My day begins at noon. Last night’s two hour drive from Newcastle back to Sydney under heat lightning was spent looking between storm clouds for the constellation of the Southern Cross. I don’t get the view, however, and back in my room I fall asleep the moment my head hits the pillow. When I wake up and pull open the heavy blackout curtain I’m startled by an enormous cruise ship.
At our call in the lobby we gather, as usual, with smiling greetings and pile into the van. Dave Weiner is fashionable in his retro Boston tshirt.
I believe it’s possible (in part) to tell what’s going on in a musician’s head by the t-shirt they’re wearing. Where t-shirts are worn, mostly in the rock world, players might wear something cool and topical, how they might be feeling or want to feel. A t-shirt of the album cover from the first Boston record says: it’s cool to like old stuff, it was a big hit and a lot of people probably fell in love or got laid to it, and now it’s iconic audio. Enough time has passed.
Married for twelve years, high-school sweethearts Renee (bass) and her husband Steve (keyboards) play in Steve Lukather’s band. Luke acknowledges he’s lucky to have them. They’re relaxed with each other and their world reflects that comfort.
Having been burned a couple times by capricious audio gremlins, Steve Lukather spends a little extra time at sound check working through some kinks in the signal path.
An enormous sign hangs near the side of the stage. I wonder if a spotlight shines on this sign throughout the performance. Just a friendly reminder in case anyone is being transported with emotion and considering violent physical release.
Adjacent to the venue is an enormous empty building suitable for livestock exposition. Naturally Joe and Steve host their Q & A in one cozy corner of the hangar. It’s abnormally still for such a cavernous space. Joe, by speaking quietly, intuitively lessens the enormity of the silence. This causes the attendees to listen more closely. It’s like being inside the pyramids.
Back at catering it’s a grand spread, a smorgasbord, with Michael and Graham taking orders to cook our dinner individually, right on the spot. It’s a great gift to be able to eat this well.
In the dining room an old wall of signatures is mounted on casters and persevered behind plexiglass. I notice the Billy Joel especially, if only because his name keeps coming up during this tour. And not only because a flight attendant accused Luke of looking like him (which he really, really doesn’t). Mike Keneally is known to spontaneously erupt into song, a behavior I admire and emulate, and one song in particular strikes his fancy: that moment in “Honesty” when Mr. Joel goes for the climactic “hardly ever heeeaaarrrd!” and of course we all mangle it together. Helpless laughter is a not untypical result. Try harmonizing with it, too. None of us can believe Luke never worked with Mr. Joel. How did that singer songwriter guy slip through the cracks?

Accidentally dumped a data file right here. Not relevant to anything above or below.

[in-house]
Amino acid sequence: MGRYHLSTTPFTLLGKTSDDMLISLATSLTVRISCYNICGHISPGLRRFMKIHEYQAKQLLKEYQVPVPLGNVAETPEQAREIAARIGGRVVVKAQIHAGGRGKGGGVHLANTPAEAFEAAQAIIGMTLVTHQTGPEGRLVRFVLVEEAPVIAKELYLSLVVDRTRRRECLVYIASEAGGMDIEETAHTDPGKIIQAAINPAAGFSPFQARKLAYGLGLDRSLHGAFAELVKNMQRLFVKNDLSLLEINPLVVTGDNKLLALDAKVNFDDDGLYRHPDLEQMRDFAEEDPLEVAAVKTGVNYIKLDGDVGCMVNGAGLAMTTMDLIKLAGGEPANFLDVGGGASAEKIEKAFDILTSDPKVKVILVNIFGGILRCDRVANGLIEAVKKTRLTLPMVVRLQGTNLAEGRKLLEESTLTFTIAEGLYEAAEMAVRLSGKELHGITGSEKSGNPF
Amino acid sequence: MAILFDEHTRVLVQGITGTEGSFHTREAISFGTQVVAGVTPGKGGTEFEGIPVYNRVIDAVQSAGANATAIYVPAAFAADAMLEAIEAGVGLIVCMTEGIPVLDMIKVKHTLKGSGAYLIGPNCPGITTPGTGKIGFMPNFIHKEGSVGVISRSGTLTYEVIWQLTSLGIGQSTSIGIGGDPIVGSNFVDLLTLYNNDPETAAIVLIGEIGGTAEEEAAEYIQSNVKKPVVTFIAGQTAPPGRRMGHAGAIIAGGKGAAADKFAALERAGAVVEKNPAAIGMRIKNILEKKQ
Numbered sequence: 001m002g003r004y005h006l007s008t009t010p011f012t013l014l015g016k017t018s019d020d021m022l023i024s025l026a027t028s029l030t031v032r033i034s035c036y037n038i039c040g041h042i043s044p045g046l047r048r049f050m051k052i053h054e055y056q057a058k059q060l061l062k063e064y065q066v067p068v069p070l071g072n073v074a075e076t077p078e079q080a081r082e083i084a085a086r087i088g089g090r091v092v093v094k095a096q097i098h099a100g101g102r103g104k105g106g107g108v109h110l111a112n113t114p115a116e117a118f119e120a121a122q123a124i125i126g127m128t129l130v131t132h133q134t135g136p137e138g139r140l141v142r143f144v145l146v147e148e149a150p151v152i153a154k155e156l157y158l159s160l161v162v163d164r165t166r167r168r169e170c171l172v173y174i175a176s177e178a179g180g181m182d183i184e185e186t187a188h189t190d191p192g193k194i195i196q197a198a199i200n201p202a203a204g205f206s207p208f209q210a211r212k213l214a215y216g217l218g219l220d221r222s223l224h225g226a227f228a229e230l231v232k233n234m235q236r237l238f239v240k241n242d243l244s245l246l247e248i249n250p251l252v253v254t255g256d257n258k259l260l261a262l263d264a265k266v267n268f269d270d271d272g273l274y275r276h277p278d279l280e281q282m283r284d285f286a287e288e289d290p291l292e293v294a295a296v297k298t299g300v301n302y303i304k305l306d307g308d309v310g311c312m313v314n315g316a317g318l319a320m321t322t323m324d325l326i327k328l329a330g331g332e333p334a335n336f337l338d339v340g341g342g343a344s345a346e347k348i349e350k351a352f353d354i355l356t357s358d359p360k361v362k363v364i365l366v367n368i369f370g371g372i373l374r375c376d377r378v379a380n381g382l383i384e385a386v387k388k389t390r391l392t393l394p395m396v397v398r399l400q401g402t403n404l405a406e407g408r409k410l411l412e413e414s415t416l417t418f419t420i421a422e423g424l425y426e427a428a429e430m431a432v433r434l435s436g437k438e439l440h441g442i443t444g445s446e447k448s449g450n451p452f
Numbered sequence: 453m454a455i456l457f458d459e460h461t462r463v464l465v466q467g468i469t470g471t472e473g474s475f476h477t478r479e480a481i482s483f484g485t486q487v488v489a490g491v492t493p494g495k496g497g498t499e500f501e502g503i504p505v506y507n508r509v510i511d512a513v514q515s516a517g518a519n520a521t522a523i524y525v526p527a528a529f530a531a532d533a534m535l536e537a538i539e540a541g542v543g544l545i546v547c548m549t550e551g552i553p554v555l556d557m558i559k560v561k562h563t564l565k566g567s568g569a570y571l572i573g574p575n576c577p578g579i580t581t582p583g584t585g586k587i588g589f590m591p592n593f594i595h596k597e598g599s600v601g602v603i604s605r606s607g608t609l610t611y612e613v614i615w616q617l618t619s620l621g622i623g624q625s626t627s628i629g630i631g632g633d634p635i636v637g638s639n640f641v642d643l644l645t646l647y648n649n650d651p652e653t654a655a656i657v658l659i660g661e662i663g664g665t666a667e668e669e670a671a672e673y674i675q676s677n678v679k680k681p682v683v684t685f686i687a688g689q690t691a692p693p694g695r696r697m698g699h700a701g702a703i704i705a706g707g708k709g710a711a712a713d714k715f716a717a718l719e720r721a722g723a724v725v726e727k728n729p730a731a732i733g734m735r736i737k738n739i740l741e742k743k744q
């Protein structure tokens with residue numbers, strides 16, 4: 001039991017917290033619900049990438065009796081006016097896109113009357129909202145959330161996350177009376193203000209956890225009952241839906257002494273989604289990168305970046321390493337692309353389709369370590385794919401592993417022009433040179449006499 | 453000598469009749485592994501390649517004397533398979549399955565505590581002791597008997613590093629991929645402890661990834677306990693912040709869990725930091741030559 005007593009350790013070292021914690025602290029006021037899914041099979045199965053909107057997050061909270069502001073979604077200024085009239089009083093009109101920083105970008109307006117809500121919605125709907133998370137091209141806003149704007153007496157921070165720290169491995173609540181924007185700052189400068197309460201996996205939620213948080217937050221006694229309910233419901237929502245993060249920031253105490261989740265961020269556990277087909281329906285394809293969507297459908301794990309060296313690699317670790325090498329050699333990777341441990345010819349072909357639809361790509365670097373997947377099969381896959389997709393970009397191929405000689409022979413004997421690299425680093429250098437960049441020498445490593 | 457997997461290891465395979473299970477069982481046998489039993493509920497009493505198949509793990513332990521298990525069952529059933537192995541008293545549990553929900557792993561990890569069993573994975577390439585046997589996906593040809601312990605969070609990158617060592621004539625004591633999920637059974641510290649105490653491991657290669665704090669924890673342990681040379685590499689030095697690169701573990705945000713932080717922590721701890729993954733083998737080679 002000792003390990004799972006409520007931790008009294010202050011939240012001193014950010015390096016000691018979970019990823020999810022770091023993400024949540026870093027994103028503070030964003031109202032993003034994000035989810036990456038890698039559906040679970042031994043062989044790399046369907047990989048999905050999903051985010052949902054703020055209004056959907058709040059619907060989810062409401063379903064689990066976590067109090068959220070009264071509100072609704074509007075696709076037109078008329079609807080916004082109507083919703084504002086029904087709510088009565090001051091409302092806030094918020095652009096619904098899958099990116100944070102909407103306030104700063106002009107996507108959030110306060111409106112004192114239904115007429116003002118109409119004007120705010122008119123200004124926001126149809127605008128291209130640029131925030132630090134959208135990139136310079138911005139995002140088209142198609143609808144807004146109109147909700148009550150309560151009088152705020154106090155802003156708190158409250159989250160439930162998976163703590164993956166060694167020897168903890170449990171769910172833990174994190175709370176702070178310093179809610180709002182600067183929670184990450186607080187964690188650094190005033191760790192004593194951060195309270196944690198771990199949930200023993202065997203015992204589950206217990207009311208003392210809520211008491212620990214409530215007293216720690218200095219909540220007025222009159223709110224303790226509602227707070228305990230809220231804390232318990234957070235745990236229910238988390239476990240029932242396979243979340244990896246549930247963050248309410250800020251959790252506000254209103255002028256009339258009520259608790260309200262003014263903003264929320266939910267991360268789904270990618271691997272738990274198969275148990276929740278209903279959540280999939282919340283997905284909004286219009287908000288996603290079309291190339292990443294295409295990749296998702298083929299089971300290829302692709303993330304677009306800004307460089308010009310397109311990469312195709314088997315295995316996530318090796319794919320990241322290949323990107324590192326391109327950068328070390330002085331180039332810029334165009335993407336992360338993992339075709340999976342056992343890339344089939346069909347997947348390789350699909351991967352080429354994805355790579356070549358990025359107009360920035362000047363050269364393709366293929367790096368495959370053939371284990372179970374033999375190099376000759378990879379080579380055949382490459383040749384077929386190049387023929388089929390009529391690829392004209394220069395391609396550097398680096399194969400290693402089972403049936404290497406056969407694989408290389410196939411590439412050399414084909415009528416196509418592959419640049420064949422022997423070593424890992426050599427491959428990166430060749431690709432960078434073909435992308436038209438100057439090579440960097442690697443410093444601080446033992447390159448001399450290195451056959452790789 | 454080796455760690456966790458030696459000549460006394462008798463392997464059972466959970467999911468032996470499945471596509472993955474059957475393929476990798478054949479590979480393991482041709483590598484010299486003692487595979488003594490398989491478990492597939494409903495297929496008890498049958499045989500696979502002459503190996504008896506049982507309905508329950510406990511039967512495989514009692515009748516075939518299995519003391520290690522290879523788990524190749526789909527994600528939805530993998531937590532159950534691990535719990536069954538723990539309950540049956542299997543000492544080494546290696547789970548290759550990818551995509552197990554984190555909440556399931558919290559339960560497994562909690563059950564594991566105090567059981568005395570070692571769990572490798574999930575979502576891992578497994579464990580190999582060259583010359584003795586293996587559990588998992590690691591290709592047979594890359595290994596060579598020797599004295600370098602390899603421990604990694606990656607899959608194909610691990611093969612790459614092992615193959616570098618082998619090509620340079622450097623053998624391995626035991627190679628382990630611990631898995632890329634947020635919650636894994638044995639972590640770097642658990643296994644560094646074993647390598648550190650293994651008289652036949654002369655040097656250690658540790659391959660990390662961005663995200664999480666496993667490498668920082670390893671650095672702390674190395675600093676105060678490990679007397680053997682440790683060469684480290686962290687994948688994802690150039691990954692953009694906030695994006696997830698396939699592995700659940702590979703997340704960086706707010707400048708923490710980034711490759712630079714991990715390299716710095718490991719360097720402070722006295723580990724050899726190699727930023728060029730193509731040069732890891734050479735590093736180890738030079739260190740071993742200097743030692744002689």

I consider dessert but my cup runneth over. Is it an embarrassment of riches?
Sated and even stuffed, I make my way down to our enormous dressing room. One could choreograph a short ballet in this place. We get socks, too, and they are the perfect antithesis of the elongated schoolboy rugby up-your-thigh technical socks of Canberra. These socks are more like little slippers. I test my theory of sock juxtaposition.
It’s a failure, as I knew it would be.
Keeping with the new meme of odd cereal, I offer: “Krunchy Pur.” But I am distracted. What’s that sound? It’s the Steve Lukather band and tonight they are absolutely smoking. We notice from our giant dressing room. This band is on fire tonight. There’s that little extra this evening – the magic.
After the show I rush over to their equally cavernous dressing room. I want to see their faces after that set. I am not disappointed.
On my way back to our world I spy this piece of backstage equipment, customized within an inch of its life.
As Steve Vai prepares to go on Joe is interviewed by a couple of local industry gear guys. The two gents represent a large-ish Japanese instrument manufacturer that benefits healthily from the visibility offered to them through Joe’s exclusive use of their product in performance. I am not convinced the man on the right is entirely comfortable with his recording device.